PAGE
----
Obesity and Weight Misperception among Adults in the Eastern Caribbean Health Outcomes Research Network (ECHORN) Cohort Study Saria Hassan,1 Temitope Ojo,1 Deron Galusha,1 Josefa L. Martinez-Brockman,1 O. Peter Adams,2 Rohan Maharaj,3 Cruz Nazario,4 Maxine Nunez,5 Marcella Nunez-Smith1 1
Yale University, School of Medicine, New Haven, CT, USA University of the West Indies, Cave Hill Campus, Bridgetown, Barbados 3 University of the West Indies, St. Augustine, Trinidad 4 University of Puerto Rico, San Juan, Puerto Rico 5 University of the Virgin Islands, Charlotte Amalie, St. Thomas 2
Keywords: Caribbean, Obesity, Perception, ECHORN Running Title: Weight Misperception in the ECHORN Cohort Study Corresponding Author: Saria Hassan 100 Church Street South, Suite 200A New Haven, CT 06519 Telephone: 203-785-5440 Fax: 203-785-5114 Email: [email protected]
Word Count: 3830 Funding: This work is supported by a grant from the National Institutes of Health/National Institutes on Minority Health and Health Disparities (NIH/NIMHD), grant number: 5U54MD01071 Disclosure: The authors declare no conflicts of interest.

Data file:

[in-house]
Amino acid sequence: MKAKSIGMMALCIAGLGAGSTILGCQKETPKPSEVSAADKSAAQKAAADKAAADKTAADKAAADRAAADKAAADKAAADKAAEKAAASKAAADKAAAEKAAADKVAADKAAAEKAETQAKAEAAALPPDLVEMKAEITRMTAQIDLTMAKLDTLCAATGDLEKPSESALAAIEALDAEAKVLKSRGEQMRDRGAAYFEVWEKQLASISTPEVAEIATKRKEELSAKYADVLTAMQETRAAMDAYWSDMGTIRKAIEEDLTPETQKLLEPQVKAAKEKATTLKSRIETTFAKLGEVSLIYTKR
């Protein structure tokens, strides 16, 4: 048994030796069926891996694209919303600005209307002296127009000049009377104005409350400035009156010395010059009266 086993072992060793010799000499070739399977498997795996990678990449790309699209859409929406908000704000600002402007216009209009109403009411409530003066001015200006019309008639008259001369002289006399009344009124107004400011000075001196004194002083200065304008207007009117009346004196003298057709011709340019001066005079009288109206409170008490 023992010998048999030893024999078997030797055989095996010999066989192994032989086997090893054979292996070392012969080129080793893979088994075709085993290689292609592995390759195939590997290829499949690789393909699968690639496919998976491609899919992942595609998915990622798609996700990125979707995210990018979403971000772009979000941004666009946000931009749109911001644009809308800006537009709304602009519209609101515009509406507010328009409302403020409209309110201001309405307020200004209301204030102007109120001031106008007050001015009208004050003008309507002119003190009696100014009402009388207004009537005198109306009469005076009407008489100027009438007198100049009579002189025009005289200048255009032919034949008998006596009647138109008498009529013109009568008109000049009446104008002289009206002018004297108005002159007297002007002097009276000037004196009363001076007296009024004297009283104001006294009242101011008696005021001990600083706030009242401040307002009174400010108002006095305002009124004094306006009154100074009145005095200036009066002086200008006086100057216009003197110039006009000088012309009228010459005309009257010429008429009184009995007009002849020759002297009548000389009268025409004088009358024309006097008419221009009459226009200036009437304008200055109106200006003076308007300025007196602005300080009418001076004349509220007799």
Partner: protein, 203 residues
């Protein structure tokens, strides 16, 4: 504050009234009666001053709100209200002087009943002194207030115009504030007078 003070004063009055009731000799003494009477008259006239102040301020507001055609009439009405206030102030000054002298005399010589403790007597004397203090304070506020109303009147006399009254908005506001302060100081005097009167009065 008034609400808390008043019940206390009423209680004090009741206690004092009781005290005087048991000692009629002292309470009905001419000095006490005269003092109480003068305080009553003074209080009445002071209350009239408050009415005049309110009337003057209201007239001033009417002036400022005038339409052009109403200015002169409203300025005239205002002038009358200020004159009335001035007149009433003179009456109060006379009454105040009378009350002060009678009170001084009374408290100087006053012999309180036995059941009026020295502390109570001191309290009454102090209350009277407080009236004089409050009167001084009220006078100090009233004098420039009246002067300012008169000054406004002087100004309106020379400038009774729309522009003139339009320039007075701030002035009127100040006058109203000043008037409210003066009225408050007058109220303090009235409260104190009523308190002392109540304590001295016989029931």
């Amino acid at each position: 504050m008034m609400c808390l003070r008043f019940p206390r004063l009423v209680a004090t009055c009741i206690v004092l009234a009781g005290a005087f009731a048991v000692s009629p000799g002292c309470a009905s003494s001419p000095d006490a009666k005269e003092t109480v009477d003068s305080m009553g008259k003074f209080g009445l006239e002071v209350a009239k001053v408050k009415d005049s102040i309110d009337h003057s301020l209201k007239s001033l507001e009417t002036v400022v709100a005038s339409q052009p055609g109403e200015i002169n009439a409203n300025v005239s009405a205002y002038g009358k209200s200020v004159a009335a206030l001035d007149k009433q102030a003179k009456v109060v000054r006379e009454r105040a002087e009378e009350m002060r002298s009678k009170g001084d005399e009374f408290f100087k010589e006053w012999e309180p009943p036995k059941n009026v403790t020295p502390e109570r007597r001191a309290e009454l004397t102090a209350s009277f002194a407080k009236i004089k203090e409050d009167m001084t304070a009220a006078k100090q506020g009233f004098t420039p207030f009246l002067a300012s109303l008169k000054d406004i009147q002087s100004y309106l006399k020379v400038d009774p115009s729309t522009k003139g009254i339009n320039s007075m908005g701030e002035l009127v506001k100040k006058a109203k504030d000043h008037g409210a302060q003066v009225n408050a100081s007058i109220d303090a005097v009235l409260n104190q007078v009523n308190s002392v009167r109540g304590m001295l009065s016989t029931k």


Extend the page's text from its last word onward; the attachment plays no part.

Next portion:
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Abstract Objective: Prior studies have suggested that weight misperception – underestimating one’s actual weight – may be associated with reduced engagement in weight loss programs, decreasing the success of initiatives to address obesity and obesity-related diseases. The purpose of this study was to examine the factors associated with weight misperception among Eastern Caribbean adults and its influence on engagement in weight control behavior. Methods: Data from the Eastern Caribbean Health Outcomes Research Network (ECHORN) Cohort Study were analyzed (adults aged 40 and older, residing in the US Virgin Islands, Puerto Rico, Barbados, and Trinidad). Weight misperception is defined as participants who under-assess their weight measured by body mass index (BMI). Multivariable logistic regression (n=1803 participants) was used to examine the association of weight misperception with BMI category, age, gender, education, history of non-communicable disease and attempt to lose weight. Results: Weight misperception was common, with 54% of overweight (BMI 25-29kg/m2), and 23% of obese class I (BMI 30-34.9kg/m2) participants under-assessing their actual weight. Participants with higher levels of education, versus lower, had decreased odds of weight misperception (OR 0.5, p